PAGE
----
football Edit

Mount Rushmore Nebraska: Cornerback

Previous Mount Rushmore pieces: QB l RB l FB l WR l OT l OG l C l DE l DT | LB
Over the next few weeks of summer will introduce a new feature called "Mount Rushmore Nebraska."
Similar to the legendary Mount Rushmore monument in South Dakota, HOL will recognize the "four faces" for each position in Husker program history. These are the four players Nebraska would choose to put on a monument for each position.
As you can imagine, narrowing it down to four players at each position is not an easy task. We also wanted to make sure that all eras in the program's history were included in this, so you will see players from as early as the 1920's included in our Mount Rushmore lists.
Today we continue the series with HOL's Mount Rushmore for the cornerback position.
Pat Fischer - 1958-1960
Not only did Fischer have a standout career manning Nebraska's secondary, he also went on to have one of the longest and most successful NFL careers ever by a Husker. Fischer did it all for NU, serving as the starting quarterback as a senior and the starting halfback as a junior and sophomore while also starting at cornerback. On top of that, he was one of the best return men in the country, setting a school record for career punt return average at 18.33 yards per return.
He went on to play 17 seasons in the NFL with the St. Louis Cardinals and the Washington Redskins. Fischer was a three-time Pro Bowl selection, a two-time first-team All-Pro and two-time second-team All-Pro. In 1974, the Omaha native was inducted into the Nebraska Football Hall of Fame.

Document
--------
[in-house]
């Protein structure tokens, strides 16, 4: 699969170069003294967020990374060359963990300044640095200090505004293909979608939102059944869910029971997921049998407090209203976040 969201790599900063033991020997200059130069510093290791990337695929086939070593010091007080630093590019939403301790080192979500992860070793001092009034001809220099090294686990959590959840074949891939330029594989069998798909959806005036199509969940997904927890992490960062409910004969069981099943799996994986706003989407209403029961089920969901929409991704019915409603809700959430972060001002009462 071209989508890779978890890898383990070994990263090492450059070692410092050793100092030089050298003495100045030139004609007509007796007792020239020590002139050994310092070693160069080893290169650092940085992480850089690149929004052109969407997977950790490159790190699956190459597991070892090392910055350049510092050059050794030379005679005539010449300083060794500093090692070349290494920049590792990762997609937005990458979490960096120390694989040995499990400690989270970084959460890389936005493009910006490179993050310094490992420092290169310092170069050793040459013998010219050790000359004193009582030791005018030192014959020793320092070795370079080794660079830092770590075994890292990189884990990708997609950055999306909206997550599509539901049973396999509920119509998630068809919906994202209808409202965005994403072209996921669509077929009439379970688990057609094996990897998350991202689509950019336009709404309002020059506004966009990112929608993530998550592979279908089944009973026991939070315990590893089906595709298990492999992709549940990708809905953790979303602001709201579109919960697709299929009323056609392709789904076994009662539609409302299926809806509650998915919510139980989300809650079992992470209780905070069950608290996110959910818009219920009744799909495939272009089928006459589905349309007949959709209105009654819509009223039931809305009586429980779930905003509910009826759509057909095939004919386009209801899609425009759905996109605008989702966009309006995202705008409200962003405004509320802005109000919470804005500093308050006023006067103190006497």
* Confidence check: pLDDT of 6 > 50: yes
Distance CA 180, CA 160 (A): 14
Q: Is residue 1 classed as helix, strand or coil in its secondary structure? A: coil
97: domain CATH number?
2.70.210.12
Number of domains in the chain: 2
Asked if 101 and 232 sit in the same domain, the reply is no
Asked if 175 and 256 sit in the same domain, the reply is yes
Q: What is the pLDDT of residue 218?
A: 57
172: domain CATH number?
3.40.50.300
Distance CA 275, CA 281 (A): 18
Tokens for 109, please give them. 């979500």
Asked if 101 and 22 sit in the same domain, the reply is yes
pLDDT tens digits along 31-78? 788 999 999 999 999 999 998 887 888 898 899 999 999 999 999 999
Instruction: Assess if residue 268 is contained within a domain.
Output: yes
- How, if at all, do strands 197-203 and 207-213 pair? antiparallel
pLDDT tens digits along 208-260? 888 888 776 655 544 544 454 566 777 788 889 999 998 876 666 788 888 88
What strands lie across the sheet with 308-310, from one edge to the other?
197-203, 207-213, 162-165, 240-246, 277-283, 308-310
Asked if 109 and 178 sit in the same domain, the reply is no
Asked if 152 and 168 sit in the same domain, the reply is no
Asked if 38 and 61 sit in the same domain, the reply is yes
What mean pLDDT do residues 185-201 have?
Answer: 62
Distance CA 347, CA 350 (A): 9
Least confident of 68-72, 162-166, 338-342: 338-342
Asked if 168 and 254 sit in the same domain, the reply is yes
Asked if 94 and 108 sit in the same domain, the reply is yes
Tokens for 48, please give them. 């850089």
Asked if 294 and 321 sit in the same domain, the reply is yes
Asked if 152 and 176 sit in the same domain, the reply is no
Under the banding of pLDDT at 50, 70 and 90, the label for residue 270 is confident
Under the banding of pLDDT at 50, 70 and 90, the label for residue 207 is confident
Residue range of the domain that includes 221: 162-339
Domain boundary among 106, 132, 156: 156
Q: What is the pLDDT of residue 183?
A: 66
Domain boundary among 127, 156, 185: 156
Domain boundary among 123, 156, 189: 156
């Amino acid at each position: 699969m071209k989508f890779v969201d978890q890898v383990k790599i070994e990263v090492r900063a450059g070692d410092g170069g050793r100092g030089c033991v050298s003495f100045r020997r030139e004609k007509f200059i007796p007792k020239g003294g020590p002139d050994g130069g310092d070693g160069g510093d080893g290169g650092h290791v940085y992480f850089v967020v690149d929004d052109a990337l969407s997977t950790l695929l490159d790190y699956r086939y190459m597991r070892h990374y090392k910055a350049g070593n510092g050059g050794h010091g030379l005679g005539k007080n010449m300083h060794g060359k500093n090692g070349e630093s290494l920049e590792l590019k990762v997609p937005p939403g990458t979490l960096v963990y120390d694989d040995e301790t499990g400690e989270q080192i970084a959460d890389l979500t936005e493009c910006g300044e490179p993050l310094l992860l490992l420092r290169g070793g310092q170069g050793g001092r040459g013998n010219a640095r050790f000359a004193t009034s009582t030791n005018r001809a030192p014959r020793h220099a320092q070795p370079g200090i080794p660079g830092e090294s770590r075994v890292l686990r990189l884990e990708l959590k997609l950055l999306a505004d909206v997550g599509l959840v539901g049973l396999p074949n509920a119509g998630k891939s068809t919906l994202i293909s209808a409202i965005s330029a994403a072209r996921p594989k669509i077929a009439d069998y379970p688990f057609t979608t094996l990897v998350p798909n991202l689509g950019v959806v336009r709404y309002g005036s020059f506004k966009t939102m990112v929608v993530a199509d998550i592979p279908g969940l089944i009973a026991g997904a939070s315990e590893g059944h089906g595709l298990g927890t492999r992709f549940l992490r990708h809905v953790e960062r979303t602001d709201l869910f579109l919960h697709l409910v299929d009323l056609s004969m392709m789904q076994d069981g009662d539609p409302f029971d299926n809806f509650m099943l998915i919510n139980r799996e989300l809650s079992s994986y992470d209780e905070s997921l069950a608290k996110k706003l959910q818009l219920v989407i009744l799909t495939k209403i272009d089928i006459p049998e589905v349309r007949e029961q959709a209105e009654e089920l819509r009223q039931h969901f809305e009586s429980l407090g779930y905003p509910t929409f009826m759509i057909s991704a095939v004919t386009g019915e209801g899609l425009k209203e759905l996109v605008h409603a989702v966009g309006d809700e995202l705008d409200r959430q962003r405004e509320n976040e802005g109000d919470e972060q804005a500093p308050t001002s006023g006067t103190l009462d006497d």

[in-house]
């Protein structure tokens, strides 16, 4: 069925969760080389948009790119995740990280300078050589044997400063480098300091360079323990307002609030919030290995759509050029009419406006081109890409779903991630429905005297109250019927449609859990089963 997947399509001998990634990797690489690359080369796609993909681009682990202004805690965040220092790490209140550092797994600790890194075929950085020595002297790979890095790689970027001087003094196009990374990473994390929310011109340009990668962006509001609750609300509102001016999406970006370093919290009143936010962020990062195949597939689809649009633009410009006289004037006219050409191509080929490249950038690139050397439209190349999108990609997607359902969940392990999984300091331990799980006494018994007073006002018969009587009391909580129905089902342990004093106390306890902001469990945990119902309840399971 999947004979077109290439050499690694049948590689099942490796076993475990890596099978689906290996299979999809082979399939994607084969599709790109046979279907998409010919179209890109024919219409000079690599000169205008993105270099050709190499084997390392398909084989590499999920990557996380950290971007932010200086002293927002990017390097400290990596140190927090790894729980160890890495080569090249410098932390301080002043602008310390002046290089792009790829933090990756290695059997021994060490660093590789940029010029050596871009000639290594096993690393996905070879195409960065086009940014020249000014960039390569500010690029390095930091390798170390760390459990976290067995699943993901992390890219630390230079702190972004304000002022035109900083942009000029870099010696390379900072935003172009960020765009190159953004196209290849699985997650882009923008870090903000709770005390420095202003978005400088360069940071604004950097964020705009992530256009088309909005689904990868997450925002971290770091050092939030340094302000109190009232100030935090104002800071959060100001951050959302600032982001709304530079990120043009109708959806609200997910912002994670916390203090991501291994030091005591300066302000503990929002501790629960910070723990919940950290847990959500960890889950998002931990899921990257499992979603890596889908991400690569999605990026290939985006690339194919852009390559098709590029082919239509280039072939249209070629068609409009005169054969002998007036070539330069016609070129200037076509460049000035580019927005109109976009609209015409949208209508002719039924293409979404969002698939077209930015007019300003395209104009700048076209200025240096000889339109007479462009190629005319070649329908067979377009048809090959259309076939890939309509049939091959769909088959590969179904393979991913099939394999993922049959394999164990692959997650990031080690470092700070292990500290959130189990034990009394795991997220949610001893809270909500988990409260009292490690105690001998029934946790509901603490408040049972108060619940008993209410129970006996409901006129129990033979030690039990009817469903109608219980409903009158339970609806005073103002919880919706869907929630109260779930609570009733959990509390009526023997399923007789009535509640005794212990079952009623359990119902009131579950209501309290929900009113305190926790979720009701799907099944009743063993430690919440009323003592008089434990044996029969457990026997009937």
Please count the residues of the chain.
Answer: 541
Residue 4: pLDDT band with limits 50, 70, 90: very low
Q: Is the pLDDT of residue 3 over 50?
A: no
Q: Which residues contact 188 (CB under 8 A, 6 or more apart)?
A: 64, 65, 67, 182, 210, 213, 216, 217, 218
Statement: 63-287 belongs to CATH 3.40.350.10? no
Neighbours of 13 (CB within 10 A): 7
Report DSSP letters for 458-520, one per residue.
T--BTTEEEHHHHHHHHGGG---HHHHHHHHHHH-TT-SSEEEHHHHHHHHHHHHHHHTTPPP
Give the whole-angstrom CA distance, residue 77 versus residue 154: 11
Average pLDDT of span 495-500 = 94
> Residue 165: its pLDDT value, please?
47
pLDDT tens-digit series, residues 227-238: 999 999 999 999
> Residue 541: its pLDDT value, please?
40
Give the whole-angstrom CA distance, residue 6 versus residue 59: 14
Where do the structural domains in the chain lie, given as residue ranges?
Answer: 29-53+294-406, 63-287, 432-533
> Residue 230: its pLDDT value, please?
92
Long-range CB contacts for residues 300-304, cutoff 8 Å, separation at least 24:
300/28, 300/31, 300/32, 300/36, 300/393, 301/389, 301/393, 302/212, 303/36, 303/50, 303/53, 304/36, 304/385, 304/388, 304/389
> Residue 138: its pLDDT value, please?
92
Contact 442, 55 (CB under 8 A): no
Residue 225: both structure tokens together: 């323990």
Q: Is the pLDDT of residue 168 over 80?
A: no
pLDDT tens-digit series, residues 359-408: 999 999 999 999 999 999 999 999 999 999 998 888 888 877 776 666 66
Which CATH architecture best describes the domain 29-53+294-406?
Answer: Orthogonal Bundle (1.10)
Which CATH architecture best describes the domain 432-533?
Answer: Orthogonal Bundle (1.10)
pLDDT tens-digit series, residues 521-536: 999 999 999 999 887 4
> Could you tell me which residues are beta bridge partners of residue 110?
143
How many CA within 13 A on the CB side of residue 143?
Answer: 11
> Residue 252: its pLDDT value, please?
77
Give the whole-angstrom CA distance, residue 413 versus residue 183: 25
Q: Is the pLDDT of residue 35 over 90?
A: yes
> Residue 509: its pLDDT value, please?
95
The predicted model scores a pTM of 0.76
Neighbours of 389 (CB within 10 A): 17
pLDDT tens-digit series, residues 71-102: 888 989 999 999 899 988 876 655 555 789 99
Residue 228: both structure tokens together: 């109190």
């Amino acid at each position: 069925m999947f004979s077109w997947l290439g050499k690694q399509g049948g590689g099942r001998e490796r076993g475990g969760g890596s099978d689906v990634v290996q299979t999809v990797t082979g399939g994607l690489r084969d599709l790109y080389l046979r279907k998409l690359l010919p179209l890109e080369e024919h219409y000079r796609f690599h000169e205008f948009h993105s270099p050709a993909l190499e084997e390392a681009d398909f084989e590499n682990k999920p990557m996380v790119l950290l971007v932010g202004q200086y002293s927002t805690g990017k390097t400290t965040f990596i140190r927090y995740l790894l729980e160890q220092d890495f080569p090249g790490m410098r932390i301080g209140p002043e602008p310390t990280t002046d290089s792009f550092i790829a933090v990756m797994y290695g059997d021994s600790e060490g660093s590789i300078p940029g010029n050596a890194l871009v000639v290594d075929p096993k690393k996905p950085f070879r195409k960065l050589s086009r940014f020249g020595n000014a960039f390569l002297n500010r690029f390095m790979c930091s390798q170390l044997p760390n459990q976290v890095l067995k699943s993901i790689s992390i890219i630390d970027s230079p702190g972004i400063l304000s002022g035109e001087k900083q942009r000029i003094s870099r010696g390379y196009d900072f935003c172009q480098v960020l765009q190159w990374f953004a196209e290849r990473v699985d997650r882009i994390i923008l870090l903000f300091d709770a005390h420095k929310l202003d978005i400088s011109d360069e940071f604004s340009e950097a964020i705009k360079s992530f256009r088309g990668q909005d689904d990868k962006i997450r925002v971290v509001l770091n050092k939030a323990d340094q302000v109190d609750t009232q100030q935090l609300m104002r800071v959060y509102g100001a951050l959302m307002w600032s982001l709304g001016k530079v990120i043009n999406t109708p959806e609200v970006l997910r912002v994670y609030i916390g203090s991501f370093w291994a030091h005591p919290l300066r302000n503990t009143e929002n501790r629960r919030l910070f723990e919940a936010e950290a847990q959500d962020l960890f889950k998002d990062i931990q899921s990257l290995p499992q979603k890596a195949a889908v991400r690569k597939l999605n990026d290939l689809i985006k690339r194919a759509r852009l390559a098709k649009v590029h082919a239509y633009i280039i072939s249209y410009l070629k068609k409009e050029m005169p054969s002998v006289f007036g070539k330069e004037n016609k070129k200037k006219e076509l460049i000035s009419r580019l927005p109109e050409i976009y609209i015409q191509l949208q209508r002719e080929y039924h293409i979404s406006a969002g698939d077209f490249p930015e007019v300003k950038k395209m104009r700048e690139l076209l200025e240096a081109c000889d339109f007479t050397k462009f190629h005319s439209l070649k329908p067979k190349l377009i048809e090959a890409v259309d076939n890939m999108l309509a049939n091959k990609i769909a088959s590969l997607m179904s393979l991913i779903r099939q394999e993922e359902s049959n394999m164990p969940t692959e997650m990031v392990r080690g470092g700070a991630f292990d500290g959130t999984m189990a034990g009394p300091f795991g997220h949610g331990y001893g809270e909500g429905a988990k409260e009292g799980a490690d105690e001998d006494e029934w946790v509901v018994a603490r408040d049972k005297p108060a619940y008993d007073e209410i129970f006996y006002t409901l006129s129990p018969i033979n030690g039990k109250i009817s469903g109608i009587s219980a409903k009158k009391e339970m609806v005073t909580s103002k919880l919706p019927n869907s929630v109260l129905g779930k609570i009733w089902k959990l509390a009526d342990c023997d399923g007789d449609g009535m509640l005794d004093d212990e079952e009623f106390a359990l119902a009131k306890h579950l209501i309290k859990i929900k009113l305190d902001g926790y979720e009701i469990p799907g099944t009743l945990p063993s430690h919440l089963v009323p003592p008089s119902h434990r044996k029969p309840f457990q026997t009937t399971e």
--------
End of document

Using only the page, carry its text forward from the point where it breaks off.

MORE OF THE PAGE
Michael Booker - 1994-1996
A two-time national champion and first-team All-Big 12 Conference selection as a senior in 1996, Booker helped anchor a dominant Nebraska secondary in the mid-1990s. He had maybe his best performance on one of NU's biggest stages, too, as he had four tackles, three pass breakups and returned an interception 42 yards for a touchdown to earn Defensive MVP in the Huskers' 62-24 rout of Florida in the 1996 Fiesta Bowl.
Booker was later selected by the Atlanta Falcons in the first round (No. 11 overall) of the 1997 NFL Draft. He played five seasons in the pros with the Falcons and Tennessee Titans, including serving as the starting cornerback on the Falcons' 1998 NFC Championship squad.
Ralph Brown - 1996-1999
Widely regarded as the best cornerback ever to play at Nebraska, Brown started all 52 games of his college career - a school record that ranks the second most ever nationally - to become one of the most decorated Husker secondary players of all time. Other school records on Brown's resume include pass breakups in a game (7) and career (50), and he became the first Husker to lead the team in breakups four years in a row. His 15 breakups in '99 set an NU record and now rank second all time.
A three-time first-team All-Big 12 selection, Brown was a first-team Freshman All-American in 1996, a third-team All-American in '97 and then a first-team All-American as a senior in '99, along with being a three-time Thorpe Award candidate. He was drafted in the fifth round of the 2000 NFL Draft by the New York Giants and would go on to play 10 years in the NFL.